Someone came by searching for “what were guns like in 1910.”
If we confine ourselves to sporting firearms, there were far fewer semi-automatic firearms of any sort.
Wingshooters generally preferred the double barreled shotgun, and some even preferred the “damascus barreled” doubles that were grandad’s pride and joy. Most, however, turned to the new “fluid steel” barrels that improvements in steel making had made possible. Slide action shotguns, typified by Winchesters Model 1897, were becoming increasingly popular.
The “turnbolt” action, the sort we ordinarily call bolt action, was beginning to edge out the lever action and the single shot rifles that had been the mainstay of American hunters and target shooters since 1865. Of course, the military’s “brand new model of 1906” Springfield with its “thutty ought six cattridge” was not available to civilian hunters, but Mauser actions and Mauser copies were available. As were Krags, and other bolt action rifles.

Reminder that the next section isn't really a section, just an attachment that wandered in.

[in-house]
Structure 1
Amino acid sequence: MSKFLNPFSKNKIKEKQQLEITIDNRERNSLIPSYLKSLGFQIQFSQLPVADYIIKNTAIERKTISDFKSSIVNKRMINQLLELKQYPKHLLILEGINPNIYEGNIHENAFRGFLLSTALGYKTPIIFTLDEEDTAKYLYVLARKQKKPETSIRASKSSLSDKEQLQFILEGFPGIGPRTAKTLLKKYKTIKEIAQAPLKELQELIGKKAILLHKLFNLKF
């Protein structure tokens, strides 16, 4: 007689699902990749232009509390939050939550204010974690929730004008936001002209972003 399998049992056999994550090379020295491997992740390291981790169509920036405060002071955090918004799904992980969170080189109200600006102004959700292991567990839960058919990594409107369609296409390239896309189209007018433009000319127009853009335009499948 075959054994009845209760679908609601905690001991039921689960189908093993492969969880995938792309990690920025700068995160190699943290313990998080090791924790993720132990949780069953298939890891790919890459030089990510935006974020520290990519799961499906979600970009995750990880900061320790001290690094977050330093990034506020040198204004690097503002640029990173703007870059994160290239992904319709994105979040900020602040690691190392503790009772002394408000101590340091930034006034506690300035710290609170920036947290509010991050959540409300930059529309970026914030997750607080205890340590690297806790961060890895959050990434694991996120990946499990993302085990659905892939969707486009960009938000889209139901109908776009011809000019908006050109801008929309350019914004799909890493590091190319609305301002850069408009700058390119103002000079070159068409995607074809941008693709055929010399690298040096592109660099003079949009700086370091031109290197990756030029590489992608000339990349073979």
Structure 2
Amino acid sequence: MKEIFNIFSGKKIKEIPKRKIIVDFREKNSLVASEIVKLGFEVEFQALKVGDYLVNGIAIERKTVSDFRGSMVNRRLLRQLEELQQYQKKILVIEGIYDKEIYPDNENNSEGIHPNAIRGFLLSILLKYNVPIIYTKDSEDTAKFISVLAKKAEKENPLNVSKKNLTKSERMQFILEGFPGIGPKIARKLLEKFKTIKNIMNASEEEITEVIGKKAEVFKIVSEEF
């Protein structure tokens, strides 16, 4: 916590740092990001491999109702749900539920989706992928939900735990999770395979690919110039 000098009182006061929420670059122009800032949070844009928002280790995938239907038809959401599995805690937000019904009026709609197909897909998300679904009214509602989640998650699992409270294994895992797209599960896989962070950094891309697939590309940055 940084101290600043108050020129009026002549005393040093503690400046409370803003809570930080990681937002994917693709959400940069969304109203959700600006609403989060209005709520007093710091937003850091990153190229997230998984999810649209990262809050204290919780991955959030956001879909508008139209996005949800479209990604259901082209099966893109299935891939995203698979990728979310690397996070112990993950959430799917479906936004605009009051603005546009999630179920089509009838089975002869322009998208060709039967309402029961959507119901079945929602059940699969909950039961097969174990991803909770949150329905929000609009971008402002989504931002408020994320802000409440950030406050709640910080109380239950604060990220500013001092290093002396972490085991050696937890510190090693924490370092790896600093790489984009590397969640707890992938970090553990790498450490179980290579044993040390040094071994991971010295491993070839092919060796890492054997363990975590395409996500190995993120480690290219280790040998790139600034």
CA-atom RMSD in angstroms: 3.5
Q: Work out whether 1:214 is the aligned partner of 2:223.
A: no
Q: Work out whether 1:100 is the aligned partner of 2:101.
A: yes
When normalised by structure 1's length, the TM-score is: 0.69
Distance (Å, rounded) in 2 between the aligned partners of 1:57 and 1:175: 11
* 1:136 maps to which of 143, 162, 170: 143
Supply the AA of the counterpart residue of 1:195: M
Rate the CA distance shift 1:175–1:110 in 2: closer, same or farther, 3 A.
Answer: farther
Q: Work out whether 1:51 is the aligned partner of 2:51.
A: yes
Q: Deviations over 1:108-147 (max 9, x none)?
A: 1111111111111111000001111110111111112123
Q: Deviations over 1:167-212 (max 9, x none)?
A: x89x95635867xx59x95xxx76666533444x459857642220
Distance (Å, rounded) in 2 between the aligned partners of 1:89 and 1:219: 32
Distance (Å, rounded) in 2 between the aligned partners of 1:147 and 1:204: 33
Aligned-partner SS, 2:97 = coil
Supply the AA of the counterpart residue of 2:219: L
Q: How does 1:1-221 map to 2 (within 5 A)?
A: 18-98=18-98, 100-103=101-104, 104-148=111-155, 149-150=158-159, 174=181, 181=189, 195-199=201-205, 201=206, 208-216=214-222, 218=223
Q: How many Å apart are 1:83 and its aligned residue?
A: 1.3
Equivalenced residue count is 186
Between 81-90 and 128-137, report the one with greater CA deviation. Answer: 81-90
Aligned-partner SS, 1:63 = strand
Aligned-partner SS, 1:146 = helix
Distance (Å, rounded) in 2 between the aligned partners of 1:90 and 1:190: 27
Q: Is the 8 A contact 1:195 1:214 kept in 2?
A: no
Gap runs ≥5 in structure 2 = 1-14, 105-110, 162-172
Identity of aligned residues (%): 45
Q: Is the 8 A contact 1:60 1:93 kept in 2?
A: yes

In handguns, there were quite a few small caliber semi-automatic pistols available; as well as a small number of big bore semis, but the most popular handguns were double action revolvers. Those were available from many makers, including Colt, Smith and Wesson, Hopkins and Allen, and dozens more. Of course, the single action revolver still gave the double action revolver a run for its money, but the outcome was plain. The “pull the trigger to cock and fire the revolver” double action was the wave of the future.